During my first appointment, the ND went over the results of the many blood, urine, and hormone tests she had ordered before I came in. According to these labs, there was absolutely nothing wrong with me: I was at the pinnacle of health, with glowing scores in every category. As I described how certain foods seemed to affect me, the doctor asked about any recent usage of medication. “What about antibiotics, specifically?” she inquired. Well, yes, I had taken a course for a UTI back in October. “And when did you say the symptoms started?” Oh, right… about five days afterwards. Any other usage of antibiotics, before the ones in October? Well, come to think of it, I did take high doses of amoxicillin for five weeks over the summer after contracting a tick-borne illness in upstate New York. After going through my recent medical history—mostly consisting of forgotten trips to urgent care to seek relief from my frequent UTIs and the occasional sore throat—I figured out that over the past two years, I had taken antibiotics a total of 12 times, essentially one course every other month.
The ND went on to explain that in her estimation I was suffering from “leaky gut,” the incredibly inanely named condition that results when the vastly diverse “microbiome” living inside our guts becomes damaged due to extreme stress, poor diet, or, most especially, from broad-spectrum antibiotic medications that exterminate both the bad bacteria that cause infections like strep and UTIs, as well as the good bacteria that help digest our food and prevent the spread of inflammation in the body.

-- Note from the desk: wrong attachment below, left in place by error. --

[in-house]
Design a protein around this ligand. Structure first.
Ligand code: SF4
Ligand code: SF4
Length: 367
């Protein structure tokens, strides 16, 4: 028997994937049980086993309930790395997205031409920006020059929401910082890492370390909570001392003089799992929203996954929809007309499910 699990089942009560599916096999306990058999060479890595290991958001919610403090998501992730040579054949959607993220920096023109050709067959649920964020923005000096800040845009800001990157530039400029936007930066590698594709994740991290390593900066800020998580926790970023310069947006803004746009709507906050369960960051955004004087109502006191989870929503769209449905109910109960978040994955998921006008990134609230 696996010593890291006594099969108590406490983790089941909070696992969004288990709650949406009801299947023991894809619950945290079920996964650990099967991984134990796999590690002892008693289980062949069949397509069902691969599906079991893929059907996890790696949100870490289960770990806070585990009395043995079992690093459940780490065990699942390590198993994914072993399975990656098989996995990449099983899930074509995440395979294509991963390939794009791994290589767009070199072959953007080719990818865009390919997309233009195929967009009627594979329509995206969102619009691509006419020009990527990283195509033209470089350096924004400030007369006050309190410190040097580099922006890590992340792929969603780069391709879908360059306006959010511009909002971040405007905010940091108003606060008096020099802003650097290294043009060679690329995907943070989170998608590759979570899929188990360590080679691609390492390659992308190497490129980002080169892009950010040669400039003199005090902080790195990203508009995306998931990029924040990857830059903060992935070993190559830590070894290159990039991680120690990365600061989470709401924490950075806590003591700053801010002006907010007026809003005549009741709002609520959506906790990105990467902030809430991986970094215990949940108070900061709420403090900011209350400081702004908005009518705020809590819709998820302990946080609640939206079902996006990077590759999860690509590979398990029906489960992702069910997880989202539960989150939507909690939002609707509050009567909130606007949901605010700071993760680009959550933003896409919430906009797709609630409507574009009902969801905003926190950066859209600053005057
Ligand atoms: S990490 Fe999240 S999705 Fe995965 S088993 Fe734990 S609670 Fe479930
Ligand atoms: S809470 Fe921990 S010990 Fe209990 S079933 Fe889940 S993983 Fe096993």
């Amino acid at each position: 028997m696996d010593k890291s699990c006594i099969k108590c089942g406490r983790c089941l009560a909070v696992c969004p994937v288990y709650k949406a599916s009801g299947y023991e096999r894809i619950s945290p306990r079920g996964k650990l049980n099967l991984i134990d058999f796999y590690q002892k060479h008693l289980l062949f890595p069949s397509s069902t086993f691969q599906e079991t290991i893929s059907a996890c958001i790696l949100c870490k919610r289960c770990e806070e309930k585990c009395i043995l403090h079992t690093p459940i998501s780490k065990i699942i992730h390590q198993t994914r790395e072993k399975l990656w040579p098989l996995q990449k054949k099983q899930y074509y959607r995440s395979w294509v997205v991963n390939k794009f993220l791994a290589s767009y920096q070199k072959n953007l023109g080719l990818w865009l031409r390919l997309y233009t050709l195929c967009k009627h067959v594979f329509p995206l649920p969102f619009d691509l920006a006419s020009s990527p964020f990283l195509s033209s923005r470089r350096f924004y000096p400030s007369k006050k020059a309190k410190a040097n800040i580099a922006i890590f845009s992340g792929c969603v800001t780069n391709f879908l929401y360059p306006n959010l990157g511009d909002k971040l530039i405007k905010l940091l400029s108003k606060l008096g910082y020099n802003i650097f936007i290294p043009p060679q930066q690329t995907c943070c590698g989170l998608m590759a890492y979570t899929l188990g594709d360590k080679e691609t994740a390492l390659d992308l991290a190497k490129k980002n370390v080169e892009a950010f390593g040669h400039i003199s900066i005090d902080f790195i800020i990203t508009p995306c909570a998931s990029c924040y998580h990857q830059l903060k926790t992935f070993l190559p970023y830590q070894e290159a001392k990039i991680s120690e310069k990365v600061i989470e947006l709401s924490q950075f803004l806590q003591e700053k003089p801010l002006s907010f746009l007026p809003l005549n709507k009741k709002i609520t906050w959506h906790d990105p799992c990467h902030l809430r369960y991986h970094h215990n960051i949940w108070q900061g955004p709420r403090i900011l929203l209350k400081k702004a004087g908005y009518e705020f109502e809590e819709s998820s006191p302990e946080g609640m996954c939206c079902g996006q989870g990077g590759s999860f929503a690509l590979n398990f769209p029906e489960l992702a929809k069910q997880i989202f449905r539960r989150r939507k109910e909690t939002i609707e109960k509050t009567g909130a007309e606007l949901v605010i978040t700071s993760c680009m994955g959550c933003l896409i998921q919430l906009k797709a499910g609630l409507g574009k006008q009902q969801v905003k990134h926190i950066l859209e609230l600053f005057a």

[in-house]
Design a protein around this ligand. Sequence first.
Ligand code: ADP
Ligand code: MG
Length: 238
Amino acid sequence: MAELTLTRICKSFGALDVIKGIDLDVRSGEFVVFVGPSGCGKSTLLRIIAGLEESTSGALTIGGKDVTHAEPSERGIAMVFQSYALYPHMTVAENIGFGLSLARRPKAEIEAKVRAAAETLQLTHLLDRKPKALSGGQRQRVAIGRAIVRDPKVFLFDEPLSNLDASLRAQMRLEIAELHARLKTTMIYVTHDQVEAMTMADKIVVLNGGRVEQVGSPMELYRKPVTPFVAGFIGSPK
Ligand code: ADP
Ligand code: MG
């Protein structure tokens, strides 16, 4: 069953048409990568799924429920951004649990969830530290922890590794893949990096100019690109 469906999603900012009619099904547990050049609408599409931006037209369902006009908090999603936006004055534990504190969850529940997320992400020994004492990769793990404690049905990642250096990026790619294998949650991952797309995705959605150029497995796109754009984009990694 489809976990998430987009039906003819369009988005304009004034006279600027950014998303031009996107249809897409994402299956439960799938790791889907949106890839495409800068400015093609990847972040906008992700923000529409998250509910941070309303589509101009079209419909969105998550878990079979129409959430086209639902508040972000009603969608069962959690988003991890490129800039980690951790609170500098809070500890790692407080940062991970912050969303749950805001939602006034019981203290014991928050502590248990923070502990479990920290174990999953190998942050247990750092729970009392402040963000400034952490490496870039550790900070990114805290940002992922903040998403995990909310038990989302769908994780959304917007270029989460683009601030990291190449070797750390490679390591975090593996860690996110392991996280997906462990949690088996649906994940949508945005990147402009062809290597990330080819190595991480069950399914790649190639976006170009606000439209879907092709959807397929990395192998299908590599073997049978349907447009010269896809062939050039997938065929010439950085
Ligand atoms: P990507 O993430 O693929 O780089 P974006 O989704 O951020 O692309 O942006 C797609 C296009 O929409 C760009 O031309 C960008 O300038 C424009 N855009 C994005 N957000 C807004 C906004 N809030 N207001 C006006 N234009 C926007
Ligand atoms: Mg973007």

Populated by around 1,000 species of microorganisms both helpful and harmful, the human gut is an incredibly complex ecosystem: The genetic diversity of the bacteria that live there is 150 times greater than that of their human host. In total, this bodily community weighs about five pounds. When something goes awry—in my case, with the introduction of round after round of destructive antibiotics—and the balance there is shifted, beneficial bacteria (the “probiotics” you find in all those trendy kombucha and kefir drinks) die off and pathogenic bacteria begin to multiply. Left unchecked, these baddies weaken the tightly linked cellular wall of the gut, allowing undigested particles of food to slip into the bloodstream. When that happens, the immune system attacks the invaders: substances that are innocuous when inside the gut, like milk or corn, are tagged by the body as harmful when they slip outside it, giving rise to food allergies and intolerances.
Now that I know what it’s like to be the person at the table nervously scanning each dish for ingredients that could tip me into a four-day-long flare of my symptoms, my former scorn for the food-allergic has 180’ed to complete empathy.
Evidence of this phenomenon is extensive. Dozens of rigorous scientific studies have demonstrated that early, frequent exposure to antibiotics is the culprit behind an alarming rise in food allergies in both children and adults that has increased by 377 percent since 2007.
In my case, my ND quickly placed me on an extremely restrictive, gut-healing diet aimed at rebalancing my good and bad bacteria, thereby sealing my “leaking” gut and reversing my newly acquired food intolerances. Previously an omnivore of the highest order, I currently can’t eat soy, dairy, grains, legumes, alcohol, coffee, or any type of processed sugar.
You might know the diet by its trendy name: Paleo. Populated by annoying-as-fuck devotees of CrossFit, the diet is scoffed at by many, including, previously, me. And though I don’t think I’ll remain in its ranks for life, I have to say that because the science behind it is so sound—and because my symptoms have been slowly, but steadily, fading since I started it—I’m a convert, at least while my body heals. And now that I know what it’s like to be the person at the table nervously scanning each dish for ingredients that could tip me into a four-day-long flare of my symptoms, my former scorn for the food-allergic has 180’ed to complete empathy.
These days, I pretend the bread basket doesn’t exist, greedily gobbling liver pâté in place of pizza, cooking almost everything I eat in delicious, delicious lard, and constructing intricate “desserts” out of shredded coconut and raw honey.
In time, I hope to recover my wantonly wide-ranging way of eating. For now? Pass the bone broth, please.